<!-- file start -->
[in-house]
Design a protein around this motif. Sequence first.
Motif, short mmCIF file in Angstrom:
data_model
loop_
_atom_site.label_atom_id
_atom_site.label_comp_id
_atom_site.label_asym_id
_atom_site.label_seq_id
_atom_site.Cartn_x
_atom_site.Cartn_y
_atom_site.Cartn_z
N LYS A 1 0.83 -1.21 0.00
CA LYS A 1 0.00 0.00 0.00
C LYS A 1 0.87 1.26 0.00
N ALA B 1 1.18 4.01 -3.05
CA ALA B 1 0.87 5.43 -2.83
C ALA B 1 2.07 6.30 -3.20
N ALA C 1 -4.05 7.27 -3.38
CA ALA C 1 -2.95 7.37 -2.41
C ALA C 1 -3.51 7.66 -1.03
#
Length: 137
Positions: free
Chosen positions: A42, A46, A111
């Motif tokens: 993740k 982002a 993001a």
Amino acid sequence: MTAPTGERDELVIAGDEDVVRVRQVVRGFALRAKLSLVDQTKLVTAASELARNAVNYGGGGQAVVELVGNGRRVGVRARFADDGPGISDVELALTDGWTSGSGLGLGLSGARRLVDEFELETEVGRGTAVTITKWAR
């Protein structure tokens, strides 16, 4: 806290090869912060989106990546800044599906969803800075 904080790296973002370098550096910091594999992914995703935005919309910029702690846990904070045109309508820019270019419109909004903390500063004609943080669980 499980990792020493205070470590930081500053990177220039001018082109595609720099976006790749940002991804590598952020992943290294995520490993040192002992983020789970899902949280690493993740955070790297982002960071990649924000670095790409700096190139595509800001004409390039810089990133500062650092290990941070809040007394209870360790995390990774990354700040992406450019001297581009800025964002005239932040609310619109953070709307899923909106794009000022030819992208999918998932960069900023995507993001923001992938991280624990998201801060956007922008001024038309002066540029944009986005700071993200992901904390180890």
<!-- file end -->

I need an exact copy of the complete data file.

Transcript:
[in-house]
Design a protein around this motif. Sequence first.
Motif, short mmCIF file in Angstrom:
data_model
loop_
_atom_site.label_atom_id
_atom_site.label_comp_id
_atom_site.label_asym_id
_atom_site.label_seq_id
_atom_site.Cartn_x
_atom_site.Cartn_y
_atom_site.Cartn_z
N LYS A 1 0.83 -1.21 0.00
CA LYS A 1 0.00 0.00 0.00
C LYS A 1 0.87 1.26 0.00
N ALA B 1 1.18 4.01 -3.05
CA ALA B 1 0.87 5.43 -2.83
C ALA B 1 2.07 6.30 -3.20
N ALA C 1 -4.05 7.27 -3.38
CA ALA C 1 -2.95 7.37 -2.41
C ALA C 1 -3.51 7.66 -1.03
#
Length: 137
Positions: free
Chosen positions: A42, A46, A111
């Motif tokens: 993740k 982002a 993001a």
Amino acid sequence: MTAPTGERDELVIAGDEDVVRVRQVVRGFALRAKLSLVDQTKLVTAASELARNAVNYGGGGQAVVELVGNGRRVGVRARFADDGPGISDVELALTDGWTSGSGLGLGLSGARRLVDEFELETEVGRGTAVTITKWAR
């Protein structure tokens, strides 16, 4: 806290090869912060989106990546800044599906969803800075 904080790296973002370098550096910091594999992914995703935005919309910029702690846990904070045109309508820019270019419109909004903390500063004609943080669980 499980990792020493205070470590930081500053990177220039001018082109595609720099976006790749940002991804590598952020992943290294995520490993040192002992983020789970899902949280690493993740955070790297982002960071990649924000670095790409700096190139595509800001004409390039810089990133500062650092290990941070809040007394209870360790995390990774990354700040992406450019001297581009800025964002005239932040609310619109953070709307899923909106794009000022030819992208999918998932960069900023995507993001923001992938991280624990998201801060956007922008001024038309002066540029944009986005700071993200992901904390180890």